[The auction for this object, with story by Lance Gould, has ended Original price: $1.50. Final price: $14.50. Significant Objects will donate the proceeds of this auction to Girls Write Now. ]
Carpenter usually took a bathroom break at 11:15. Today, the skinny bastard was still going through e-mail at 11:47. He hadn’t gotten out of his chair since he first parked himself in it at 9:03.
“God DAMN it — what the hell is he doing?” Kohler muttered into the phone.
“His insides must be bursting,” Goldberg replied.
Carpenter rose and stretched. He took three somnolent steps toward the restrooms. Kohler and Goldberg exchanged arched eyebrows, and signaled to Velasquez, who had also been eyeing the suspender-wearing pigeon. Then Carpenter’s phone rang. The middle manager ambled back to his desk, answered it, smiled, and settled in for what seemed like it could be a lengthy exchange.
“JESUS,” yelled Velasquez, so loudly that all business in the office briefly came to an abrupt halt. Goldberg rebuked him with a murderous stare, and Velasquez shrunk back behind his laminated steel desk. Kohler picked up the phone and called Goldberg. “Maybe I could be a piano page turner or somethin’.”
“A piano page turner. You know, a dude who all they do is turn the page at a recital or whatever.”
“But you don’t know jack all about classical music.”
“I know how to turn a page.”
“There’s so much more to — ah, forget it.”
Carpenter stood up, stretched again, and this time nearly sprinted to the restroom. Velasquez, too obviously, raced toward Carpenter’s desk. Kohler winced, but he and Goldberg also hurried over to Carpenter’s corner cubicle.
Velasquez got there first. The red-metal gumball machine with shatterproof polycarbonate globe was filled with peanut M&Ms. Velasquez spun the handle furiously — five, six, seven times, gluttonously filling his palms with the colored candy. The accountant’s sweaty hands started bleeding red, yellow, and green.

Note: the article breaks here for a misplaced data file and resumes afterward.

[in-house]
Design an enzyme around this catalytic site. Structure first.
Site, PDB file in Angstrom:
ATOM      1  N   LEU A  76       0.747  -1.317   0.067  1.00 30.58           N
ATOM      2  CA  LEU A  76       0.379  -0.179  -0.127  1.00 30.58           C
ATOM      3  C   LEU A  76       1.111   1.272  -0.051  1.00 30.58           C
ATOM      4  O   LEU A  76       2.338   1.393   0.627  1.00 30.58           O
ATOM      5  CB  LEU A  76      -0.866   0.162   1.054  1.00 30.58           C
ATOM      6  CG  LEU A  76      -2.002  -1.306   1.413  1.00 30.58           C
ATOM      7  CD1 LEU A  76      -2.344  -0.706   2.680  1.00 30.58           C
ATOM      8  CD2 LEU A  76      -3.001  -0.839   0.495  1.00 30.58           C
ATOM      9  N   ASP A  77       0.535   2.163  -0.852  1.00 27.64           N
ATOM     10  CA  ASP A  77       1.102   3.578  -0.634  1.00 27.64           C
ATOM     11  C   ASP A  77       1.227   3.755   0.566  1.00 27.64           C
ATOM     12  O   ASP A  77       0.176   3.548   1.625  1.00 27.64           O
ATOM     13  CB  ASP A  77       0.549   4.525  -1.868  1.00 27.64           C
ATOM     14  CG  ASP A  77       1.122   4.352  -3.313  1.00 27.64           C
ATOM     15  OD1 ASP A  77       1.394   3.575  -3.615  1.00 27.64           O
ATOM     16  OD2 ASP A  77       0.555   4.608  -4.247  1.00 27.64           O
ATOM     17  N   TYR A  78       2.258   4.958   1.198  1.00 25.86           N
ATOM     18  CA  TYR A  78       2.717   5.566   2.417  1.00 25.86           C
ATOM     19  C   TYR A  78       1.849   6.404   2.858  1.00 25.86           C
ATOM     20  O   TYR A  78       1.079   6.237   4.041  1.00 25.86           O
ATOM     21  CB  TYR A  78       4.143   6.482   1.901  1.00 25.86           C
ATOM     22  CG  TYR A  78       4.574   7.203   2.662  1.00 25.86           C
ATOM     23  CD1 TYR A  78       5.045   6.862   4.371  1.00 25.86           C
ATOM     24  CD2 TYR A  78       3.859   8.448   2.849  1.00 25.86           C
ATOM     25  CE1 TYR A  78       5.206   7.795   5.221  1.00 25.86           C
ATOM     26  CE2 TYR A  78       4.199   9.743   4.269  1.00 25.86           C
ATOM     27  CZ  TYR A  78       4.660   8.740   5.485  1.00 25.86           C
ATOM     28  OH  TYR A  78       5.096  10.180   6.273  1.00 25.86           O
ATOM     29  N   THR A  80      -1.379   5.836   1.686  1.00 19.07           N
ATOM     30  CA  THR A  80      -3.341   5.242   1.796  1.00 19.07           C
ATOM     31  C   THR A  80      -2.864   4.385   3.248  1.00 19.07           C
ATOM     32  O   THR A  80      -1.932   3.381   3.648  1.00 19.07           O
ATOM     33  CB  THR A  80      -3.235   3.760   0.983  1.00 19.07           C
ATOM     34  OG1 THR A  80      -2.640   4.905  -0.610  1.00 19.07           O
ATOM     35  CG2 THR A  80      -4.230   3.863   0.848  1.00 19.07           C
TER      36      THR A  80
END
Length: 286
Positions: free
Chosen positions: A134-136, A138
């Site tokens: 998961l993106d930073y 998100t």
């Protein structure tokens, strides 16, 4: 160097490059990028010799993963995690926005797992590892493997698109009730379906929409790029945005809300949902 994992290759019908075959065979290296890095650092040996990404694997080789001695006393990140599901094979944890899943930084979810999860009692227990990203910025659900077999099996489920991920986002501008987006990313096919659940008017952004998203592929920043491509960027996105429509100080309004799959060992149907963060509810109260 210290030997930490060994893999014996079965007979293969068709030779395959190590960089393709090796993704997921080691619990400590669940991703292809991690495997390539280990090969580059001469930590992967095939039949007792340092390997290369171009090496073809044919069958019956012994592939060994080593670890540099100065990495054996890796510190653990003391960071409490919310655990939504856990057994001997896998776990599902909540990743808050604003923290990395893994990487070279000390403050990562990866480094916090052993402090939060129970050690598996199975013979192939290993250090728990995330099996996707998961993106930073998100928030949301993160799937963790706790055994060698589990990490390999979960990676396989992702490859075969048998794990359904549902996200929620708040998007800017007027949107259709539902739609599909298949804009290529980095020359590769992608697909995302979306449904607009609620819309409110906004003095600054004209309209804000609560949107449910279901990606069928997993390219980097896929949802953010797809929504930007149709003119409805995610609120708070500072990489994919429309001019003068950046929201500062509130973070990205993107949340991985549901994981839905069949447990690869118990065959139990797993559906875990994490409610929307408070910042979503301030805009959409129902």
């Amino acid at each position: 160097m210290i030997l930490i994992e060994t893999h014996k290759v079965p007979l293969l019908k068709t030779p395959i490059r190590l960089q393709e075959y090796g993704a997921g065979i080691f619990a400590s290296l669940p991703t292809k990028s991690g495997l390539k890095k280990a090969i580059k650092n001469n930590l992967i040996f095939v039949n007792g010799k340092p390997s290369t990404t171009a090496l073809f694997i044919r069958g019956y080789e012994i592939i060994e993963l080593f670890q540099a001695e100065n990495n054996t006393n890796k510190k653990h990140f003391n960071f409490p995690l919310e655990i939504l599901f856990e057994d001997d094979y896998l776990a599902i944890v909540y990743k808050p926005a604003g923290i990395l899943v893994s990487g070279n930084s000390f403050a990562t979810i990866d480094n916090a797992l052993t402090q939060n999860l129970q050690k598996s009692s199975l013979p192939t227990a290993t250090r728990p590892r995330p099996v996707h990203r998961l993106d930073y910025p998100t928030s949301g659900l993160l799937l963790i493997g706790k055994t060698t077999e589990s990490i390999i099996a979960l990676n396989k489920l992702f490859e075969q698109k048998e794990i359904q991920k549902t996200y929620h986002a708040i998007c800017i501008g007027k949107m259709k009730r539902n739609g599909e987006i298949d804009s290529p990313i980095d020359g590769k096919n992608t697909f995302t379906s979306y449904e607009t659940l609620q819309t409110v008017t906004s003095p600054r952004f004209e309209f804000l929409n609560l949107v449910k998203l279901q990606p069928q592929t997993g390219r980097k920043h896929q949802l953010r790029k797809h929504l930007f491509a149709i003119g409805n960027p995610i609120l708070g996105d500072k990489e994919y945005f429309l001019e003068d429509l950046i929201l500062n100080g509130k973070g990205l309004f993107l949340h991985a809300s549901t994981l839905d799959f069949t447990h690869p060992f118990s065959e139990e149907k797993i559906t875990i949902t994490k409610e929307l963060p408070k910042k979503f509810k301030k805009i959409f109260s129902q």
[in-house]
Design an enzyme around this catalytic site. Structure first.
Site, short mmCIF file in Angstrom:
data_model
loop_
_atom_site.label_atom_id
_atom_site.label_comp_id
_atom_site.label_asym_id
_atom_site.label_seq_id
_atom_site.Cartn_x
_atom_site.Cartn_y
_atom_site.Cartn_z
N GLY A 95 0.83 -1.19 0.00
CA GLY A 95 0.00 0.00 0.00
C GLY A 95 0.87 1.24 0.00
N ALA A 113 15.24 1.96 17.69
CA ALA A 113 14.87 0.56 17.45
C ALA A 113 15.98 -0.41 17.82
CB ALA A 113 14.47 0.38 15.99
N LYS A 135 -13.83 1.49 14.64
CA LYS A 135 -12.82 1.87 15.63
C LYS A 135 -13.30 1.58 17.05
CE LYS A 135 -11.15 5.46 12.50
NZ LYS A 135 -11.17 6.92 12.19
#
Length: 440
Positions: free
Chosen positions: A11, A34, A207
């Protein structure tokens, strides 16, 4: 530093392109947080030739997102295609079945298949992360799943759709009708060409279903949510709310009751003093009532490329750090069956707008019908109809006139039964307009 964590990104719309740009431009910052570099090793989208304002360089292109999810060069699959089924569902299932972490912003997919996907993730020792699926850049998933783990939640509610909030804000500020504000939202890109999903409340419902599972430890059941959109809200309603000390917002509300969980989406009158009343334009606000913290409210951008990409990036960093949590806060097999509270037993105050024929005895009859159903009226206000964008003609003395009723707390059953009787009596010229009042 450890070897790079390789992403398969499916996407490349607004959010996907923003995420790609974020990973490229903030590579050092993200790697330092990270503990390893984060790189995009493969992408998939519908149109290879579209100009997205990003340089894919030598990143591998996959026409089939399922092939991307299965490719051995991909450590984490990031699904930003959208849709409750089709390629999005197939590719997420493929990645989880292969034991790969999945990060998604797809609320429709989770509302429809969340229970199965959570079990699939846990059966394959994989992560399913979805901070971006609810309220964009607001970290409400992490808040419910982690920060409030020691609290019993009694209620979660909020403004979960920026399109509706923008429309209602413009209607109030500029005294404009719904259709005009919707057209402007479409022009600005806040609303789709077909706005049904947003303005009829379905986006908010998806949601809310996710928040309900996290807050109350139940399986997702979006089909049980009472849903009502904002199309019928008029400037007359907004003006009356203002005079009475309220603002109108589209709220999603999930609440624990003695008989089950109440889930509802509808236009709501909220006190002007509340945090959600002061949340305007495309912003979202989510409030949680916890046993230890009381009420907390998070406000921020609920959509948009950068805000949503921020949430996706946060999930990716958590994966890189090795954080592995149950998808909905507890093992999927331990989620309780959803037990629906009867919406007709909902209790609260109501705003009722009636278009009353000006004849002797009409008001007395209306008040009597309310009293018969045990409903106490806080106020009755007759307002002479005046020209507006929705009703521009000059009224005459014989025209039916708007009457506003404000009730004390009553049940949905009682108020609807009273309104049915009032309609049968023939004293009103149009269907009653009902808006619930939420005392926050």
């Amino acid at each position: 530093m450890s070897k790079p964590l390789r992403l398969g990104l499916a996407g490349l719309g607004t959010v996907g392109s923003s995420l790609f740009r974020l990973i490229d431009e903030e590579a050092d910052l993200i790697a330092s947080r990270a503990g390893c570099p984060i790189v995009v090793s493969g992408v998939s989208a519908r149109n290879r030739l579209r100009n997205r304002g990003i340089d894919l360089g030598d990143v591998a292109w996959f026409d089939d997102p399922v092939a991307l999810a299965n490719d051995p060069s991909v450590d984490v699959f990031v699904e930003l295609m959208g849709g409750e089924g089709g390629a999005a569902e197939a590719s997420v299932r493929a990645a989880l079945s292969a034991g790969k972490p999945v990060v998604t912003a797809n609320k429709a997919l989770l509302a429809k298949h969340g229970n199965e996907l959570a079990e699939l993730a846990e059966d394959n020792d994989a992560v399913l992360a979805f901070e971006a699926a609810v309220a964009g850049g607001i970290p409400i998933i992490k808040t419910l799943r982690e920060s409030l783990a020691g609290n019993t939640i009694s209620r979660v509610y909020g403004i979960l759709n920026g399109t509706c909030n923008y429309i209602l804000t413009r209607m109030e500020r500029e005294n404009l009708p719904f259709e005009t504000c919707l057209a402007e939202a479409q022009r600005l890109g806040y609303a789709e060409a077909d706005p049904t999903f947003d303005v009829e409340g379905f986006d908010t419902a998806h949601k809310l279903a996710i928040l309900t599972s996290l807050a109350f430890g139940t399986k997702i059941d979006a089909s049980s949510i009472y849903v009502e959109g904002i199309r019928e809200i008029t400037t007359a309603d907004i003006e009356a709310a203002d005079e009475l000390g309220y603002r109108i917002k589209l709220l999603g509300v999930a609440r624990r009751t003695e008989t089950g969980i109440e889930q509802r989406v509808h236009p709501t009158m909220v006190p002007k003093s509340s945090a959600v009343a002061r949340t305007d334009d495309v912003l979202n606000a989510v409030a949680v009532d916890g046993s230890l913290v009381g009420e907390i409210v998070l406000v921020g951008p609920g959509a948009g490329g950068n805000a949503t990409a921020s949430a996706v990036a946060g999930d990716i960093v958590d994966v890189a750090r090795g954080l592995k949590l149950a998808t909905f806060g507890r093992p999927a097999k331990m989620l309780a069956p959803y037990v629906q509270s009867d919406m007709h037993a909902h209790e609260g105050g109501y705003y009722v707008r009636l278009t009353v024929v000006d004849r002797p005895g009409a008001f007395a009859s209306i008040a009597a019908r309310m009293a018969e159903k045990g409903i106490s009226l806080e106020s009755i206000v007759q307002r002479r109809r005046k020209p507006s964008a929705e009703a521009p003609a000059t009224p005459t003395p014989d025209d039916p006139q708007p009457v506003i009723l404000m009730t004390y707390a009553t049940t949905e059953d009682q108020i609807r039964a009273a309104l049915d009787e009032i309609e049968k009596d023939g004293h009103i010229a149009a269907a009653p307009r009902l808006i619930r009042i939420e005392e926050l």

“That’s enough, Alejandro,” scolded Kohler. “What’s your problem, dude?” He shoved Velasquez out of the way. Velasquez stumbled, knocking the pink, green, and yellow cornhusk doll off the desk. It was a gift from the Trinidadian mailroom guy, and had faced out into the office as if standing sentinel against pilfery.
“Watch it!” hissed Goldberg. “You’re making a mockery of the whole operation.”
Velasquez stared at the doll on the floor.
“Bitch’s hands looked like they held explosive pompoms,” he said, laughing and gobbling M&Ms.
Kohler picked the doll up off the floor, staining it with his candy-soiled fingers. He placed it back next to the gumball machine, facing inward.
Wilson, observing the whole affair from nearby, shook his head. He opened his mouth to say something, but Velasquez shoved a finger in his face.
“Shut it, fat man,” warned Velasquez, scrambling back to his cube.
Kohler and Goldberg took the cue and also shot back to their cubes, sitting down just as Carpenter turned the corner. They had emptied the ¾-full machine. Carpenter reached his desk, went to turn the handle of the gumball machine, and came up empty. He frowned. He looked at his cornhusk doll, now sullied, and quickly glanced around the office. The three perps were studiously on pretend phone-calls.
Carpenter looked at Wilson, tsked, and said, “If you want candy, Peter, all you have to do is ask.”